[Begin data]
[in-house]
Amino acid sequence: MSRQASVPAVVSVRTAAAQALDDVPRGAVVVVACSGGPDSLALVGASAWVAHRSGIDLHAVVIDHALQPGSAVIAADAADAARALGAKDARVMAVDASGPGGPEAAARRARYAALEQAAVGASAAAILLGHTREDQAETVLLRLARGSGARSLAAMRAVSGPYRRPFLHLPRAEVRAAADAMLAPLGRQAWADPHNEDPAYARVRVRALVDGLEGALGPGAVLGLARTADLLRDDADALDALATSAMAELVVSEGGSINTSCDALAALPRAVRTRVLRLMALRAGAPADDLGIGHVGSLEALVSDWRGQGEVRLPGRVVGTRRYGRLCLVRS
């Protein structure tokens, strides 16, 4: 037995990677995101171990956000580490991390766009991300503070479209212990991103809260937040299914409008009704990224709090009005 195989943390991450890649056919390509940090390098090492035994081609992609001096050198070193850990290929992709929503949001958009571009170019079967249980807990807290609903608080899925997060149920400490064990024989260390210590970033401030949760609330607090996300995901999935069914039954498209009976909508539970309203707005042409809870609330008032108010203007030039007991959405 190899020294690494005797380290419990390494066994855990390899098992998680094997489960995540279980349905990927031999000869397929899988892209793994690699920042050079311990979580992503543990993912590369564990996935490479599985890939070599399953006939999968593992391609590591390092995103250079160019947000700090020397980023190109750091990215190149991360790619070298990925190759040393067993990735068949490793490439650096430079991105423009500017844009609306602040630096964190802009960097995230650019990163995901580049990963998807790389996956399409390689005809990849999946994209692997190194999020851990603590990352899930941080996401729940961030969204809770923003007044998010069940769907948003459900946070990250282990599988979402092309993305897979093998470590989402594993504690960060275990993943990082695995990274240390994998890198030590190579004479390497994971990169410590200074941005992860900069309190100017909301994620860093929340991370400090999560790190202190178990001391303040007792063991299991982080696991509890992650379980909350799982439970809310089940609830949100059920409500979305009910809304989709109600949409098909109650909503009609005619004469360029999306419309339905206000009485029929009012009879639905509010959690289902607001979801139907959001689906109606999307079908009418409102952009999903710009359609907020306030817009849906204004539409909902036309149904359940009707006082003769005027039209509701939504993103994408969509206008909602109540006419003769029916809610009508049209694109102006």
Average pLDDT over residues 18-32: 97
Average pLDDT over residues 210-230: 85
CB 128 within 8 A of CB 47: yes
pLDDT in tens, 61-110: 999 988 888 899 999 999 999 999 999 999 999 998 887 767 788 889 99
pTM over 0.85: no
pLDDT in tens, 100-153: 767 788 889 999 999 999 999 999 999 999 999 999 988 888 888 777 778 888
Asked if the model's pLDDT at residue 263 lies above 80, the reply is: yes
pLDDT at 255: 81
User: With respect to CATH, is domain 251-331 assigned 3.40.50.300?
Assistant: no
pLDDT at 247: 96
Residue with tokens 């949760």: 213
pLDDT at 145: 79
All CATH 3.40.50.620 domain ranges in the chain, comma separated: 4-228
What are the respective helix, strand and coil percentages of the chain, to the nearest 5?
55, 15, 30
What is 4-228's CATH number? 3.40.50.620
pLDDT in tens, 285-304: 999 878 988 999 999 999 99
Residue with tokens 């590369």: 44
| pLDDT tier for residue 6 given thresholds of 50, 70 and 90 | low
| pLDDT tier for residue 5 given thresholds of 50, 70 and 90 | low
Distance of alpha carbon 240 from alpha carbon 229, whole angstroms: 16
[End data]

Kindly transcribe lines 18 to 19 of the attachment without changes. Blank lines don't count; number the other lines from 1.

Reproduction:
What are the respective helix, strand and coil percentages of the chain, to the nearest 5?
55, 15, 30